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<nettime> Chip implant gets cash under your skin
Felix Stalder on Tue, 25 Nov 2003 23:52:08 +0100 (CET)


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<nettime> Chip implant gets cash under your skin


[It's hard to decide if this is merely ridiculuous, just sad, or if a more 
general statement about the nature of (American) capitalism can be deduced 
from this. Probably not. A couple of years ago, a "business idea" like this 
might have attracted millions in venture capital. These days, the company 
gets delisted from NASDQ. Some sort of progress, I guess. Felix]


Chip implant gets cash under your skin
By Declan McCullagh
CNET News.com
November 25, 2003, 9:32 AM PT
URL: http://zdnet.com.com/2100-1103-5111637.html

Radio frequency identification tags aren't just for pallets of goods in 
supermarkets anymore.

Applied Digital Solutions of Palm Beach, Fla., is hoping that Americans can be 
persuaded to implant RFID chips under their skin to identify themselves when 
going to a cash machine or in place of using a credit card. The surgical 
procedure, which is performed with local anesthetic, embeds a 12-by-2.1mm 
RFID tag in the flesh of a human arm.

ADS Chief Executive Scott Silverman, in a speech at the ID World 2003 
conference in Paris last Friday, said his company had developed a "VeriPay" 
RFID technology and was hoping to find partners in financial services firms.

Matthew Cossolotto, a spokesman for ADS who says he's been "chipped," argues 
that competing proposals to embed RFID tags in key fobs or cards were flawed. 
"If you lose the RFID key fob or if it's stolen, someone else could use it 
and have access to your important accounts," Cossolotto said. "VeriPay solves 
that problem. It's subdermal and very difficult to lose. You don't leave it 
sitting in the backseat of the taxi."

RFID tags are miniscule microchips, which some manufacturers have managed to 
shrink to half the size of a grain of sand. They listen for a radio query and 
respond by transmitting a unique ID code, typically a 64-bit identifier 
yielding about 18 thousand trillion possible values. Most RFID tags have no 
batteries. They use the power from the initial radio signal to transmit their 
response.

When embedded in human bodies, RFID tags raise unique security concerns.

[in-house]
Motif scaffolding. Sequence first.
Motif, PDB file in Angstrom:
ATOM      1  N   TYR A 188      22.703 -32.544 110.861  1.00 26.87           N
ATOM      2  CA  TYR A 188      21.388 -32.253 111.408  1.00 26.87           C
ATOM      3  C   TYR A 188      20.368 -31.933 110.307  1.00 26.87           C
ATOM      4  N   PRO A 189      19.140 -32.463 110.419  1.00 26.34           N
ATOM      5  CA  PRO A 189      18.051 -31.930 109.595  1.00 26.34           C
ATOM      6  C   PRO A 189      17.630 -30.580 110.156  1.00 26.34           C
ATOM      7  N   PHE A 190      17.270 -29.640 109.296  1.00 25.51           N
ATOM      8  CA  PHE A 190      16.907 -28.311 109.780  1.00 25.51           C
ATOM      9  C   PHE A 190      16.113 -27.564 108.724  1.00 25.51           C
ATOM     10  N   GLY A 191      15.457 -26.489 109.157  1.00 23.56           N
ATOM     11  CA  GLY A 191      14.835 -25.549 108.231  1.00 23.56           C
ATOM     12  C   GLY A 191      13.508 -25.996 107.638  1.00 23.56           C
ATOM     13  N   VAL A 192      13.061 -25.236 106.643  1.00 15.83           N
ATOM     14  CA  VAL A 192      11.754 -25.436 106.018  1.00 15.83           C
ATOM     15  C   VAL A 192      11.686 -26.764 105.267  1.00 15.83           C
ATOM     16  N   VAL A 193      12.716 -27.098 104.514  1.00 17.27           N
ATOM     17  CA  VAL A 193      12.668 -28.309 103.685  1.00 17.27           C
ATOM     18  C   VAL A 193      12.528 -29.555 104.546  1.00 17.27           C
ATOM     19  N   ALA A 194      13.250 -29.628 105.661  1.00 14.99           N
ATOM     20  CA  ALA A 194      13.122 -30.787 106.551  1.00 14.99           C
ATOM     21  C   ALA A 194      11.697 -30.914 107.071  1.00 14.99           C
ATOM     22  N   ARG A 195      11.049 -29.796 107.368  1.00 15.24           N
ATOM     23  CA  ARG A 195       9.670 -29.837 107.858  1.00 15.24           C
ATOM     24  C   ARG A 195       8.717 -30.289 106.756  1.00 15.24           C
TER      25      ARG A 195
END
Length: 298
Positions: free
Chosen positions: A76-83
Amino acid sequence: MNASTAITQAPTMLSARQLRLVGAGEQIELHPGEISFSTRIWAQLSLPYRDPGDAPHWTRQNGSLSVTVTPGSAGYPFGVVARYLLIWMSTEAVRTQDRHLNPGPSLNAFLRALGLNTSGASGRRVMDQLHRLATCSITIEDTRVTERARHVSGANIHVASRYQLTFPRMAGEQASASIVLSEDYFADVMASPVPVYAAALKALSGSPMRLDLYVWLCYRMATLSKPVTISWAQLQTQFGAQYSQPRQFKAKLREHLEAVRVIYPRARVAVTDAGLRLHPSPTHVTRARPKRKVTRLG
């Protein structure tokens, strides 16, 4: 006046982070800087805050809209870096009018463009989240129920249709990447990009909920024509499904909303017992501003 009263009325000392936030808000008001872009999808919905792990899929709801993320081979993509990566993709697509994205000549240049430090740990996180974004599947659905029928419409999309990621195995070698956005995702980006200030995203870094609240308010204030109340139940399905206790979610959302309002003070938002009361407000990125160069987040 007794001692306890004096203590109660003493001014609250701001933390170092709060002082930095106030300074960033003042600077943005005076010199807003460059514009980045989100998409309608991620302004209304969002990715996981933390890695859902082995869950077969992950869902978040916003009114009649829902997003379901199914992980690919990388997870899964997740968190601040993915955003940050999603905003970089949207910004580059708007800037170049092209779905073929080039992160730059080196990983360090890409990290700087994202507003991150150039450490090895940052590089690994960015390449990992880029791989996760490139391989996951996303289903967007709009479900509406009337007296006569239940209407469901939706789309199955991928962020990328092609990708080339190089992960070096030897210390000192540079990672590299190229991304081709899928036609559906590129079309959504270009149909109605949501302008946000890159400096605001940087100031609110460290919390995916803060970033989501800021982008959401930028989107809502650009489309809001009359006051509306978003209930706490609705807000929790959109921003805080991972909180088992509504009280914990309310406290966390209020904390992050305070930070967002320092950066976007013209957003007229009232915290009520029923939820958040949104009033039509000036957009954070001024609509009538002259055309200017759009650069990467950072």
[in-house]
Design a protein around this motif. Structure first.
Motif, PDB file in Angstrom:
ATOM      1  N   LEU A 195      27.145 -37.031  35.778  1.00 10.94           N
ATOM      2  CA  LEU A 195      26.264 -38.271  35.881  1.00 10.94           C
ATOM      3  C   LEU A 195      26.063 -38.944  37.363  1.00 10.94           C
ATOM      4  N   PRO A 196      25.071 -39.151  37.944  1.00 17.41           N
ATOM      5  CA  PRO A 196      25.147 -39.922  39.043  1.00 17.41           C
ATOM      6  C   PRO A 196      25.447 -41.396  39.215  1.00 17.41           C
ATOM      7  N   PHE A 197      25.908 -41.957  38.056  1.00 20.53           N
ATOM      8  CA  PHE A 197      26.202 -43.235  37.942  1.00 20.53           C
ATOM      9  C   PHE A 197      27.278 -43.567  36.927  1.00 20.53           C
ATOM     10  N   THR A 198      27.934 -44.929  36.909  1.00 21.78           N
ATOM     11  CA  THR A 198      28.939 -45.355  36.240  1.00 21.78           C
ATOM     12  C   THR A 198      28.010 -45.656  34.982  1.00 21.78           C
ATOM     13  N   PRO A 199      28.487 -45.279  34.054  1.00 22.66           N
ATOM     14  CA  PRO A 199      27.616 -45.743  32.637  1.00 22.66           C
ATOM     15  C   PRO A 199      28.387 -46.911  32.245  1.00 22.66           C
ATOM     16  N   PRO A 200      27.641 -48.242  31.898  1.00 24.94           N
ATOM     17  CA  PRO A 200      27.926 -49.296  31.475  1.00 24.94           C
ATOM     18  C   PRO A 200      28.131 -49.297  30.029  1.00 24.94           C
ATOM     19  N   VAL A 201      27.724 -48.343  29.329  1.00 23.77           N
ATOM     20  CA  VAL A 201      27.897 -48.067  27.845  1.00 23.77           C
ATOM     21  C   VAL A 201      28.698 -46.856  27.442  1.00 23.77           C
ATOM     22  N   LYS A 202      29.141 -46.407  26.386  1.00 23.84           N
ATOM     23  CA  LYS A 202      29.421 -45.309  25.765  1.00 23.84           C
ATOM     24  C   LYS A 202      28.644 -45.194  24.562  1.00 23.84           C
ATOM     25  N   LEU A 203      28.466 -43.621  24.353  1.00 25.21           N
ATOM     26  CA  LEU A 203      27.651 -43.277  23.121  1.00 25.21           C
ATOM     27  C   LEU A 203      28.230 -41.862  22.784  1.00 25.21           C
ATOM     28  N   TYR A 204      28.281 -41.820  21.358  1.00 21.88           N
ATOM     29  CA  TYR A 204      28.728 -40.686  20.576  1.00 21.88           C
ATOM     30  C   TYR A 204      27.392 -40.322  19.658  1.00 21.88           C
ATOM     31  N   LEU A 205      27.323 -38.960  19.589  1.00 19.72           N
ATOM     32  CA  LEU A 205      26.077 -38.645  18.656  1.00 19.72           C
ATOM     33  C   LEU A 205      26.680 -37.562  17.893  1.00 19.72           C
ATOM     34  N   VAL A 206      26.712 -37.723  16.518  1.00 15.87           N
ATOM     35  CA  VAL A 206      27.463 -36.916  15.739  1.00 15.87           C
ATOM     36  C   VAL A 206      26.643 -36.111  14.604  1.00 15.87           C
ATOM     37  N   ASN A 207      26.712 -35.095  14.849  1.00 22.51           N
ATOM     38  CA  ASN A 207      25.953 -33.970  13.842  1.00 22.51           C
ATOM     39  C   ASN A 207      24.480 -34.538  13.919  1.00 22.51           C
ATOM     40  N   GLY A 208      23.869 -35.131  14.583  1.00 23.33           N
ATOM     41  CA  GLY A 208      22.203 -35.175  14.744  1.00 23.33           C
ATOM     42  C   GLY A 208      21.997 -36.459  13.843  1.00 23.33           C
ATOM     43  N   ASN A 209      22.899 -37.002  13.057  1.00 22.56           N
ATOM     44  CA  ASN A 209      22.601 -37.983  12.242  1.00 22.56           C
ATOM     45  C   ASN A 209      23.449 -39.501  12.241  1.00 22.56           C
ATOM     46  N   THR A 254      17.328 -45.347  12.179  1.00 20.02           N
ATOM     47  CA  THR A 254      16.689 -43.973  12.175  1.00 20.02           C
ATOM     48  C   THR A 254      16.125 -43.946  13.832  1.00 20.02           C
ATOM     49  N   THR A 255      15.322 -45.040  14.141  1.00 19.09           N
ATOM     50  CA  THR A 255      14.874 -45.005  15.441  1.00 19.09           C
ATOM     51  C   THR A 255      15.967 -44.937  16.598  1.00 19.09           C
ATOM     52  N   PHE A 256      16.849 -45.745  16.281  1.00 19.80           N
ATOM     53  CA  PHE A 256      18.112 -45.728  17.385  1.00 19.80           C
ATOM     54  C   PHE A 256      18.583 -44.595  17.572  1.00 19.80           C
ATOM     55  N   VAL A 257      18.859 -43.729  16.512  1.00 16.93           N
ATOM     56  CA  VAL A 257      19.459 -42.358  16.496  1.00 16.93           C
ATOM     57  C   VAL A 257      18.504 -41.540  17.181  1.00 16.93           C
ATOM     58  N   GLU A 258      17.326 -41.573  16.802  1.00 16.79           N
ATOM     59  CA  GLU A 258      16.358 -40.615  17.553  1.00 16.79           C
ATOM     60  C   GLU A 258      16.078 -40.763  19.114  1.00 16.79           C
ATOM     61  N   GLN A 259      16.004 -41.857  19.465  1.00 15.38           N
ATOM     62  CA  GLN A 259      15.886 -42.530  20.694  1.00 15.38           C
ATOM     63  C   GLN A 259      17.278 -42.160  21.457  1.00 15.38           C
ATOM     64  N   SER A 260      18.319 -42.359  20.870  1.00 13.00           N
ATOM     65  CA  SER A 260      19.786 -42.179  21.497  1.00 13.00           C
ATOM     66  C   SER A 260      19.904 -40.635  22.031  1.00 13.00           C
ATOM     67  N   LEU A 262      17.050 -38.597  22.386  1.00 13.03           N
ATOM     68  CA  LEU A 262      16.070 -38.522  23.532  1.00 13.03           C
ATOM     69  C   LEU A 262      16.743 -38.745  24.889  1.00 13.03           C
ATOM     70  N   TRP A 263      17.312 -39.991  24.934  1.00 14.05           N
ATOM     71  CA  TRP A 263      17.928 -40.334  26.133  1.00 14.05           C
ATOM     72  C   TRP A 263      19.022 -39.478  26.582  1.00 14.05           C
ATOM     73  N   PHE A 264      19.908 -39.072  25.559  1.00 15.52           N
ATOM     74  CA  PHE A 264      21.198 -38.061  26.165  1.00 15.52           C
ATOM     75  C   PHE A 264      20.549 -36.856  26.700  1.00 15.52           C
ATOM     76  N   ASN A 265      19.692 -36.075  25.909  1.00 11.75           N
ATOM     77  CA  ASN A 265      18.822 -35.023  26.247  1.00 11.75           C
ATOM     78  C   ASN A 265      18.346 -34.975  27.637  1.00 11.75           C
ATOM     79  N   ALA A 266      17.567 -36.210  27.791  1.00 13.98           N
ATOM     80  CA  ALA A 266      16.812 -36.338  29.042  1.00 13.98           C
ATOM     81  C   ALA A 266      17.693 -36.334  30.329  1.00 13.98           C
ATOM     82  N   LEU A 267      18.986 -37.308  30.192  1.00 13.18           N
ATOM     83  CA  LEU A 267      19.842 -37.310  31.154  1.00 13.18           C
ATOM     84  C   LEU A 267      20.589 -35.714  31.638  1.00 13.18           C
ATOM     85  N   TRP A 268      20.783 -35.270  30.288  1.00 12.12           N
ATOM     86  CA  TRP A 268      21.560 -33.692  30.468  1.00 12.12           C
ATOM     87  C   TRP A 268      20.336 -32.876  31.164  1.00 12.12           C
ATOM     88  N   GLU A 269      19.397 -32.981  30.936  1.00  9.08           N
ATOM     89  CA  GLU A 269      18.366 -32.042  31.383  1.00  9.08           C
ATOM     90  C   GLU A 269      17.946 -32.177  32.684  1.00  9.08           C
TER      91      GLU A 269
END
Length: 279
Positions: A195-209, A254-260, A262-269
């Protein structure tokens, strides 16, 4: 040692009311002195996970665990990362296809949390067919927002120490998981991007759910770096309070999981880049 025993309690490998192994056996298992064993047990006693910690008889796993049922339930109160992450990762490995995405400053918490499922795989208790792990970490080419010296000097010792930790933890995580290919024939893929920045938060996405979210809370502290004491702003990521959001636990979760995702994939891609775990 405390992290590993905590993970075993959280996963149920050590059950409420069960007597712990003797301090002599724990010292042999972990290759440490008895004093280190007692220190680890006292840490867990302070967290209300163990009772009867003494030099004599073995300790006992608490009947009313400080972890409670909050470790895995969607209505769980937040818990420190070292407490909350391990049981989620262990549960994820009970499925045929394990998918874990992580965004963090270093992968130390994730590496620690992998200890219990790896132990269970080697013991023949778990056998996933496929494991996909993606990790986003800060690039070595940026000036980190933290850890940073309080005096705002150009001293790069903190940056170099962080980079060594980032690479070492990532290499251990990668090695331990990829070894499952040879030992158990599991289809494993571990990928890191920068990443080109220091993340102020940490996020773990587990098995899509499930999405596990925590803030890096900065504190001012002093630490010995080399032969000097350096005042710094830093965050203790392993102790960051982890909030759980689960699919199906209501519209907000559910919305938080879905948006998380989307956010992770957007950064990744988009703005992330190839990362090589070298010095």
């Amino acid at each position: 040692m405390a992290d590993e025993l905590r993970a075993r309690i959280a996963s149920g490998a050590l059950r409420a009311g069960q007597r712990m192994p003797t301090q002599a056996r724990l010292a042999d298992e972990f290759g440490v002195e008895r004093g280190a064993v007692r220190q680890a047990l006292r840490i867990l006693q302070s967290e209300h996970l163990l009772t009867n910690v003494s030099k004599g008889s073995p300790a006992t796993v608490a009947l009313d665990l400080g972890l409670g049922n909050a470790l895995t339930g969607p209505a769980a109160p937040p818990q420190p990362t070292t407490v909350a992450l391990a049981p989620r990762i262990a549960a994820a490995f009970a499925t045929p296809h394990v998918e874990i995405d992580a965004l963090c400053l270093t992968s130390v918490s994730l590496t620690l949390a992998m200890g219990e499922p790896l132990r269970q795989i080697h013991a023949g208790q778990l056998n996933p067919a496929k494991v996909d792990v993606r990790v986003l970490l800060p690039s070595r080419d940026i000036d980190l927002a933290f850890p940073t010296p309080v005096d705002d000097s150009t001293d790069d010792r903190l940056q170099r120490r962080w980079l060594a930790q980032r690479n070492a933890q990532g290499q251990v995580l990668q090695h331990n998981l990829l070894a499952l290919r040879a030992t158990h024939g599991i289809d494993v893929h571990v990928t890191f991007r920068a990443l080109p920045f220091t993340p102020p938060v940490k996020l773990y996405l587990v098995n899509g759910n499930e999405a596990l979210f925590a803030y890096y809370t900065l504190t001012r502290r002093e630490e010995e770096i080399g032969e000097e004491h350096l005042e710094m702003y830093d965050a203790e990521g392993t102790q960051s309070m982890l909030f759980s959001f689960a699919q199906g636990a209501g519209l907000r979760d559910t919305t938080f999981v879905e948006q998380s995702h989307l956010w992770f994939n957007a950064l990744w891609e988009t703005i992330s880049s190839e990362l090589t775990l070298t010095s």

First, because they broadcast their ID number, a thief could rig up his or 
her own device to intercept and then rebroadcast the signal to an automatic 
teller machine. Second, sufficiently dedicated thieves may try to slice the 
tags out of their victims.

"We do hear concerns about this from a privacy point of view," Cossolotto 
said. "Obviously, the company wants to do all it can to protect privacy. If 
you don't want it anymore...you can go to a doctor and have it removed. It's 
not something I would recommend people do at home. I call it an opt-out 
feature."

Chris Hoofnagle, a lawyer at the Electronic Privacy Information Center, said 
implanted RFID tags cause an additional worry. "When your bank card is 
compromised, all you have to do is make a call to the issuer," Hoofnagle 
said. "In this case, you have to make a call to a surgeon.

"It doesn't make sense to go from a card, which is controlled by an 
individual, to a chip, which you cannot control."

ADS shares have slid from a high of about $12 in 2000 to 40 cents, and the 
company is now fighting to stay listed on the Nasdaq. "Our common stock did 
not regain the minimum bid price requirement and on Oct. 28, 2003, the Nasdaq 
Stock Market informed us by letter that our securities would be delisted from 
the SmallCap," ADS said in a Nov. 14 filing with the U.S. Securities and 
Exchange Commission. The company also warned that its implantable microchips 
are manufactured solely by Raytheon without a "formal written agreement," and 
any price increases or supply disruptions would have serious negative 
consequences.

MasterCard has been testing an RFID technology called PayPass. It looks like 
any other credit card but is outfitted with an RFID tag that lets it be read 
by a receiver instead of scanned through a magnetic stripe. "We're certainly 
looking at designs like key fobs," MasterCard Vice President Art Kranzley 
told USA Today last week. "It could be in a pen or a pair of earrings. 
Ultimately, it could be embedded in anything--someday, maybe even under the 
skin."

ADS is running a special promotion, urging Americans to "get chipped." The 
first 100,000 people to sign up will receive a $50 discount.




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http://felix.openflows.org

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